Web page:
How to migrate from Yoast SEO to The SEO Framework

I’ve used Yoast SEO (formerly WordPress SEO) for nearly as many years as I’ve been building WordPress websites. In the past few years Yoast SEO has famously gotten bloated and filled with ads. While I don’t blame Yoast SEO for monetizing the plugin, it’s made me start looking elsewhere for similar SEO features. For the past year or so, I’ve been using The SEO Framework on all new sites. While I don’t have comprehensive stats on the differences between the two plugins, I’ve been generally please with the performance, stability, and ease of use of The SEO Framework.

Migrating from Yoast SEO

While I’ve been using The SEO Framework on new sites I’ve yet to migrate a site that’s been on Yoast. Today is the day as I start the experiment on this very site. Why not try it here first, right? I don’t pay much attention to any particular rankings, but I do try to ensure that certain meta is available for the search engines. I also want to ensure that the sitemap.xml file continues to function correctly. So let’s do this!

Steps to migrate from Yoast to The SEO Framework

Step 1: Back up database

This should be a given to back up your database before you start any kind of migration like this. You can do it through cPanel, your normal daily backup process, or even a sweet tool like WP Migrate DB Pro. No matter how you do it, make sure you back it up and have access to reverting to it if things go wrong.

Step 2: Install SEO data migration plugin

Studiopress, creator of the popular Genesis framework created SEO Data Transporter to help in migrating SEO data from many different plugins and platforms. We’ll use it for migrating from Yoast to The SEO Framework. Install the plugin from your New Plugin install screen.

Step 3: Migrate the Data

Run the SEO Data Transporter, found in Tools > Convert SEO Data. Choose Yoast SEO as the ‘from’ dropdown, and Genesis in the ‘to’ dropdown. We’re using Genesis because The SEO Framework is based on Genesis and is the recommended platform.

Step 4:Deactivate Yoast SEO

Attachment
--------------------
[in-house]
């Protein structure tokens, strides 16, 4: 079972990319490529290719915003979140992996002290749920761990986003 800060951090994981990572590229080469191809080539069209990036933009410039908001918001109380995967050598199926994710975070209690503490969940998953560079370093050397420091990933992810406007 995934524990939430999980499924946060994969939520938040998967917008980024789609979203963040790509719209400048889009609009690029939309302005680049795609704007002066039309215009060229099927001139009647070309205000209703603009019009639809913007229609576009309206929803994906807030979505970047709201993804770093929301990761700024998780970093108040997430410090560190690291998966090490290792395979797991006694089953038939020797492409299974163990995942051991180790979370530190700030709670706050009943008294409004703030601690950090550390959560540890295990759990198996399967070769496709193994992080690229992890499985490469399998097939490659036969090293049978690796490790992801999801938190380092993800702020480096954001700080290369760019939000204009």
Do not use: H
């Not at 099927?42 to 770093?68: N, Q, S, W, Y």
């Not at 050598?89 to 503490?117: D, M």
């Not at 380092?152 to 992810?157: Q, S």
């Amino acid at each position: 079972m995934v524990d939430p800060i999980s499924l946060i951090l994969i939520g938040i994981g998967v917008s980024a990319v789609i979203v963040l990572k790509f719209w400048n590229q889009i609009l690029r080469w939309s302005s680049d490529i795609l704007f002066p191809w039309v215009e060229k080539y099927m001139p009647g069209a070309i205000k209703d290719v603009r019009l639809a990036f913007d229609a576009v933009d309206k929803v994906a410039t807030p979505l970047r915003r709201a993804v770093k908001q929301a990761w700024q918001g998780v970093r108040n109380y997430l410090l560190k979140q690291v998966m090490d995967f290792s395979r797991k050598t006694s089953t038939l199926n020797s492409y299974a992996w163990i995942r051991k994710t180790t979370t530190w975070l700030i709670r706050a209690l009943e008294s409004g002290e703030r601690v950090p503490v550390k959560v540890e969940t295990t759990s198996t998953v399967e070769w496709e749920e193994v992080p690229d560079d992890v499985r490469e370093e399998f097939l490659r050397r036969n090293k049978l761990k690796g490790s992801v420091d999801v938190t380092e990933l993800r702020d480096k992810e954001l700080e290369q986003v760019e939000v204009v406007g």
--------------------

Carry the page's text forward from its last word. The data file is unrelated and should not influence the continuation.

You can now deactivate Yoast SEO. Wait to delete until after you’ve checked your settings however. If you did happen to delete it simply re-install it from the plugin repository.

Step 5: Install and activate The SEO Framework

The SEO Framework is available from the Add New plugin screen in your dashboard. As a bonus I also added The SEO Framework Extension Manager. It adds a few nice extensions that you can choose to install.

Step 6: Check SEO data on pages and posts

Double check that the data actually transferred to the new plugin. The migration on went smoothly. If something went wrong, you can either re-activate Yoast SEO, or revert to the backup you took in step 1.

Data seems to have transferred! Much simpler, clearer interface.

Step 7: Configure The SEO Framework

The SEO Framework is a fairly robust plugin with many configurable sections. Configure it here: SEO > SEO SettingsThankfully the interface is straight forward. Be sure to go through it slowly and understand each section. See below for some of my recommendations and configurations.

Step 8: Update your sitemap.xml file on Google Search Console

Yoast SEO creates an XML file that is split into an index. It’s likely that your Sitemap is located here: The SEO Framework uses a singular file instead and will be located here: Google will eventually find it but if you have a Google Search Console account you should update the sitemap url.

Step 9: Delete Yoast; Deactivate and delete SEO Data Transporter plugin;

When you are comfortable your SEO is now in new, capable hands, go ahead and delete Yoast. The data transfer plugin is also no longer needed.

Configuring The SEO Framework

While the plugin is fairly straight forward and gives hints and suggestions at nearly every setting, here’s a few tips to keep in mind. If I skipped a section I’ve left it as default.

General Settings

I checked both Display the SEO Bar in the SEO Settings metabox and Display character counters which were unchecked. I’m not entirely sure why…

Description Meta Settings

I unchecked Add the blog name to the automated description under the Additions tab. I didn’t like the duplication I guess…

Home Page Settings

I left these as is, however there were some errors that appeared. I was able to fix these on the actual home page.

Social Meta and Schema Settings

Be sure to fill out all of these that are applicable. I don’t use Facebook but we have a page, so I added it anyway. The Schema settings are very robust – don’t miss the ones under Presence.

Sitemap Settings

I left these as default, but I wanted to make special note that this is where you can control the settings. The sitemap portion is important to me.

The sitemap file that The SEO Framework outputs is slightly different from Yoast. Category and Tag archive links are not included for example. This is a deliberate omission (in relation to Yoast) by the developer. At first I was a little concerned, but after reading through the issues section of the plugins Github repository, I’m convinced this is probably a good thing. It’s a scalpel approach rather than a firehose approach.


Very interesting article. it is very helpful to me, because just deciding to move to The SEO Framework.

You mention that SEO Framework is based on Genesis. But I want to use it with the Astra theme. Do you think I will have any conflicts?

Thx in advance


    Hi Angel. Yes, it’s designed to work with any theme so you shouldn’t have any conflicts. I think it started out as the built-in version of SEO that Genesis used to use. I’m not very familiar with Genesis however, so they may still be using it.

    ~ Bryan


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